Although U.S. President Donald Trump has been criticizing OPEC for the cuts and for driving oil prices higher, the Trump Administration’s sanctions on two of OPEC’s members have curtailed a total of 1.6 million bpd of supply, according to Helima Croft, head of global commodities strategy at RBC. Related: Oil Prices Rise As Saudis Curb Exports
“Trump is yelling at OPEC, but Trump’s been the most effective cutter” in world oil supply, Croft told CNBC.
Yet, experts say that sanctions on Iran and Venezuela would have driven oil prices much higher if it weren’t for the soaring U.S. oil production that has been capping price gains.
Thanks to the remarkable strength in shale production, the United States will account for 70 percent of the growth in global oil production through 2024, transforming the global oil markets and trade, the International Energy Agency (IEA) said in its annual oil market forecast this week.
“This will shake up international oil and gas trade flows, with profound implications for the geopolitics of energy,” said Fatih Birol, the IEA’s Executive Director. Birol also noted: “Everywhere we look, new actors are emerging and past certainties are fading. This is the case in both the upstream and the downstream sector. And it’s particularly true for the United States, by far the stand-out champion of global supply growth.”
By Tsvetana Paraskova for Oilprice.com
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The Trump administration has no alternative but to renew the sanction waivers when they expire in May or issue new ones for no other reason than to use them as a fig leaf to mask the fact that US sanctions have yet to cost Iran the loss of even a single barrel and the fact that the zero exports option is a bridge too far.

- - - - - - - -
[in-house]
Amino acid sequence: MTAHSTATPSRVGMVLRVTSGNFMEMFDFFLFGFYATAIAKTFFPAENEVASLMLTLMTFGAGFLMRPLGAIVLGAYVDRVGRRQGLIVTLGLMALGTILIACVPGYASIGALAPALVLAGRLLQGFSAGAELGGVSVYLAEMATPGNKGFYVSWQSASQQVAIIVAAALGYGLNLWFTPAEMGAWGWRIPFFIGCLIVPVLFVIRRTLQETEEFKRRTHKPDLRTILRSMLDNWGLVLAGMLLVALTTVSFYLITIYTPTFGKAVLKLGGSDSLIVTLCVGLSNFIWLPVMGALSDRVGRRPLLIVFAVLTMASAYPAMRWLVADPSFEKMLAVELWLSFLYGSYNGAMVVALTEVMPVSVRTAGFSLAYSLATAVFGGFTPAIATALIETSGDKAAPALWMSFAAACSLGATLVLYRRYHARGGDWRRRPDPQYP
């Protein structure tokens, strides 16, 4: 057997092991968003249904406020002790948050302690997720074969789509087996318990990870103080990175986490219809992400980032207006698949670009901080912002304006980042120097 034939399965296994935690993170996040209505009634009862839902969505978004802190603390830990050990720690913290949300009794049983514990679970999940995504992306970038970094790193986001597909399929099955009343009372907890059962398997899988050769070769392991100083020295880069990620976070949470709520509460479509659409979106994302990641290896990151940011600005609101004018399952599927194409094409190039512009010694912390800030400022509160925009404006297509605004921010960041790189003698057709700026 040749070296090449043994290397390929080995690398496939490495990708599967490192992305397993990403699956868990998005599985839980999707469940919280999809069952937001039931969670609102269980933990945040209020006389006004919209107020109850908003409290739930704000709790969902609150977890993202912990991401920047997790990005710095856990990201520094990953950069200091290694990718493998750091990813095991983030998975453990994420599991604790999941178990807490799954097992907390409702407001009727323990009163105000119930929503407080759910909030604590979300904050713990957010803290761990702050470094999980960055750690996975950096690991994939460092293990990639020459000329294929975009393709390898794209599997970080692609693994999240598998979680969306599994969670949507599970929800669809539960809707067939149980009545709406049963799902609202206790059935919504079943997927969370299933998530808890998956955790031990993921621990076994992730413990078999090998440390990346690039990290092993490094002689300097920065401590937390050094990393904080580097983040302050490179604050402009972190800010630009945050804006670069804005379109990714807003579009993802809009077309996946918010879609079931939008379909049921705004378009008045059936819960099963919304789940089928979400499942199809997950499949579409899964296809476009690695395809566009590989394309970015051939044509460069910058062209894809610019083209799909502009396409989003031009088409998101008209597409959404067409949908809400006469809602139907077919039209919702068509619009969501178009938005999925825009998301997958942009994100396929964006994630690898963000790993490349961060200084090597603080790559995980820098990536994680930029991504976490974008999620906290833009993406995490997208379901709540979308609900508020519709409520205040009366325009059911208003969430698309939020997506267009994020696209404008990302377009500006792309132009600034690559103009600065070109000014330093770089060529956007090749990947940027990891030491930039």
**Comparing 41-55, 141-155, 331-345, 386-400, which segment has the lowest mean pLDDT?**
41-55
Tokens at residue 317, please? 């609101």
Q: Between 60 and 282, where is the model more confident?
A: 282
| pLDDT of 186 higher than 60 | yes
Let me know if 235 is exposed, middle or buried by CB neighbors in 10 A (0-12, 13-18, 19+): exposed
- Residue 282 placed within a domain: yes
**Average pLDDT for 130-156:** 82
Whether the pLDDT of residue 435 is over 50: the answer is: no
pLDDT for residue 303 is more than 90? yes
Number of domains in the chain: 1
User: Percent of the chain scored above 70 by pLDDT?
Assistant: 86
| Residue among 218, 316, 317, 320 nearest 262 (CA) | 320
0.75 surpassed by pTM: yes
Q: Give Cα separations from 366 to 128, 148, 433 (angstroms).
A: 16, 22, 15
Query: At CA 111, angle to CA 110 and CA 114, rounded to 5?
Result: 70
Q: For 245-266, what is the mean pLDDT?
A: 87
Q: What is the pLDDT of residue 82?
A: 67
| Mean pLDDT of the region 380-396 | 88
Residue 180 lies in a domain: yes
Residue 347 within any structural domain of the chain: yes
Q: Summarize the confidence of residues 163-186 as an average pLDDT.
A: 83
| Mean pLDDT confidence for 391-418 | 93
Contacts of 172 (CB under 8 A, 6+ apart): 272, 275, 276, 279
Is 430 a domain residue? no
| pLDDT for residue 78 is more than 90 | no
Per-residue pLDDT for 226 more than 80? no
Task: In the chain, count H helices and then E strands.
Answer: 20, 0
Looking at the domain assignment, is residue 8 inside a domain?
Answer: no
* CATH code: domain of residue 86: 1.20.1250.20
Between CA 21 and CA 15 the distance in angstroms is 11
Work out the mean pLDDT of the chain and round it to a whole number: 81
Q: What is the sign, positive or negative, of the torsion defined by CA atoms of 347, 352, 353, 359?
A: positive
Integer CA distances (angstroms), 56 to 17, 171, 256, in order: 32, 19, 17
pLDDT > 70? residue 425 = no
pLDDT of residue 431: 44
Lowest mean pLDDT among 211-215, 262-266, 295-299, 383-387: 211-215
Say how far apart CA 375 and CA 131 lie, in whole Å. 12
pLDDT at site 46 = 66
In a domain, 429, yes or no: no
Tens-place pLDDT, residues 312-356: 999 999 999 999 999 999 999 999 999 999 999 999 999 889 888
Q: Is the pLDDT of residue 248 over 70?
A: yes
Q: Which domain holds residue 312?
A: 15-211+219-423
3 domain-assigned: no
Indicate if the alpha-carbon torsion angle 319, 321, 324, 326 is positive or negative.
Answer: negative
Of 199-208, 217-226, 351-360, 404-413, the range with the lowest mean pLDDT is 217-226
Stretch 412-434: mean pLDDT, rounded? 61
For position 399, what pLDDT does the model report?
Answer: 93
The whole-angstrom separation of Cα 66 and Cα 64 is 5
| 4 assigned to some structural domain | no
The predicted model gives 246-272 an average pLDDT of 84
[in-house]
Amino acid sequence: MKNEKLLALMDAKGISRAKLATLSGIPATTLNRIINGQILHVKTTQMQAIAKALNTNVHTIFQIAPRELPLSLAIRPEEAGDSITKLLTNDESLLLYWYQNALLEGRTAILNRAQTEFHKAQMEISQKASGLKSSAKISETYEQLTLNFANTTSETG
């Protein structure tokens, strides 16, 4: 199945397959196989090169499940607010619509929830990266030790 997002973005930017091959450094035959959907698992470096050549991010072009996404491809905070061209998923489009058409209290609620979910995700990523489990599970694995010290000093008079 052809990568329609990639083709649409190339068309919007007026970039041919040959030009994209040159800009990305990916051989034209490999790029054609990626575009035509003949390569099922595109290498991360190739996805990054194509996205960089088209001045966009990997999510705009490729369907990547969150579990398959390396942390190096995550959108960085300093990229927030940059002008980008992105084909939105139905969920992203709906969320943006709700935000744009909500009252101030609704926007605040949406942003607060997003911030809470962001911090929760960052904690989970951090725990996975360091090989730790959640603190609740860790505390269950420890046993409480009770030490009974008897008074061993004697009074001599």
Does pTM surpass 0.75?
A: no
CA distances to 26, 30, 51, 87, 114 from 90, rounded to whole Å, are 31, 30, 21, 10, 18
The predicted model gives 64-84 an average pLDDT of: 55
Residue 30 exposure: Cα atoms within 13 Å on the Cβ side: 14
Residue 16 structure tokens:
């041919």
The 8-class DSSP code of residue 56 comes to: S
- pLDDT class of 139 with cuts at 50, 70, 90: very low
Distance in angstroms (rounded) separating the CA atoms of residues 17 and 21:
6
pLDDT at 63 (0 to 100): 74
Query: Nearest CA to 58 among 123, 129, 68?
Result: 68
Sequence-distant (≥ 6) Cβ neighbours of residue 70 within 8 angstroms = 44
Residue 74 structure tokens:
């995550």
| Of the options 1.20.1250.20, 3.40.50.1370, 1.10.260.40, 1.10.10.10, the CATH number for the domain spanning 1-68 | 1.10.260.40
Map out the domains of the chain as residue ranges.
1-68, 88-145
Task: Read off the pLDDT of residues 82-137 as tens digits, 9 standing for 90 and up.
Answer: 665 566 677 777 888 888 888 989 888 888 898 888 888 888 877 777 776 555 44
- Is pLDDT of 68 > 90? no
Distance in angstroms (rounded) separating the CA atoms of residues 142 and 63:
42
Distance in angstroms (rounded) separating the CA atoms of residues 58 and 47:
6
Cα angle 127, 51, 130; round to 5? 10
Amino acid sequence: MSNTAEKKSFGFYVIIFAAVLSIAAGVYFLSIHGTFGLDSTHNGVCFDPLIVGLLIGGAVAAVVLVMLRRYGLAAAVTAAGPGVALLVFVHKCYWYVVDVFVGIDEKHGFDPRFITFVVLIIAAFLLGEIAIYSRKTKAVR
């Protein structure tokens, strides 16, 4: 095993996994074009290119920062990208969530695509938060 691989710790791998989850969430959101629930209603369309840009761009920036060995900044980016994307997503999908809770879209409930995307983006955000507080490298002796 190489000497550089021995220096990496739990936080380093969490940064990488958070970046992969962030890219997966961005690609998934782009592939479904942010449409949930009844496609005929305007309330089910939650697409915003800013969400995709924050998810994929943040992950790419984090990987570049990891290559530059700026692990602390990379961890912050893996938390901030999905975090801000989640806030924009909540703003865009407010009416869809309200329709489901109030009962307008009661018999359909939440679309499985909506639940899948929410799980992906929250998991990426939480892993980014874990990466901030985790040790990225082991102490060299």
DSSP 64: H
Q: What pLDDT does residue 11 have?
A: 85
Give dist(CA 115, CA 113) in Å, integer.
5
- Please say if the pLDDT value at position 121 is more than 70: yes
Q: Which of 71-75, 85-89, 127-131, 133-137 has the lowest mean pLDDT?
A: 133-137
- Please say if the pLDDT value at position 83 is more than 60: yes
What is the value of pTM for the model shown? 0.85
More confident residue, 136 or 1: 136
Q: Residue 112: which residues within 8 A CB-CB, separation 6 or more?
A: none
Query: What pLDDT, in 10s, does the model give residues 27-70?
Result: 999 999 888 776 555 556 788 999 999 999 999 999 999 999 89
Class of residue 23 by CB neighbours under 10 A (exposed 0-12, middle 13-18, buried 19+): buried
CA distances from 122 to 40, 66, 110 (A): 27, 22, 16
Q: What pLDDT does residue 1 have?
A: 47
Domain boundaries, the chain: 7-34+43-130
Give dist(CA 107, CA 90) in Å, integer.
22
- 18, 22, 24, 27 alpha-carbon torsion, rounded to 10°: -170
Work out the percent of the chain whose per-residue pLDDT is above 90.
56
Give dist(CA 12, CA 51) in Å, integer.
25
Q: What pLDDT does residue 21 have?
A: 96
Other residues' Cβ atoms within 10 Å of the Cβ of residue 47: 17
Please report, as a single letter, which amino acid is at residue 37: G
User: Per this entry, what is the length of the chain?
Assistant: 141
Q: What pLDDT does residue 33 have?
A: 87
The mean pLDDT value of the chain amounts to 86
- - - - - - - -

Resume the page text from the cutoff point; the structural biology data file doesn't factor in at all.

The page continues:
The reason that oil prices have barely budged when sanctions were imposed on Venezuela is due to the fact that Venezuela’s oil production has already been declining for more than two years due to the economic collapse and years of mismanagement and lack of investment in its oil industry. The irony is that the home-grown crisis in Venezuela has virtually nullified the impact of US sanctions.
The United States’ oil production will try to cap oil prices but it will never succeed and I will explain why. The US Energy Information Administration (EIA) is claiming that current US oil production is 12 million barrels a day (mbd) of which an estimated 2.5 – 3.0 mbd are being exported as extra light oil for blending with heavier crudes. That volume of exports could have offset the combined OPEC+ cuts of 1.2 mbd, Saudi Arabia’s export cuts of 500,000 b/d, Venezuela’s outage of 500,000 b/d and Nigeria’s outage of 200,000 b/d, a total of 2.4 mbd if not for the fact that the US is currently importing an estimated 9.0 mbd leaving a growing deficit of 6.6 mbd in its oil trade balance. This is helping reduce US crude oil inventory and is gradually re-balancing the global oil market probably by by the end of the second quarter.
And despite stiff opposition from bearish elements in the global oil market, bullish influences are starting to prevail with oil prices projected to surge beyond $80 a barrel this year.
Dr Mamdouh G Salameh
International Oil Economist
Visiting Professor of Energy Economics at ESCP Europe Business School, London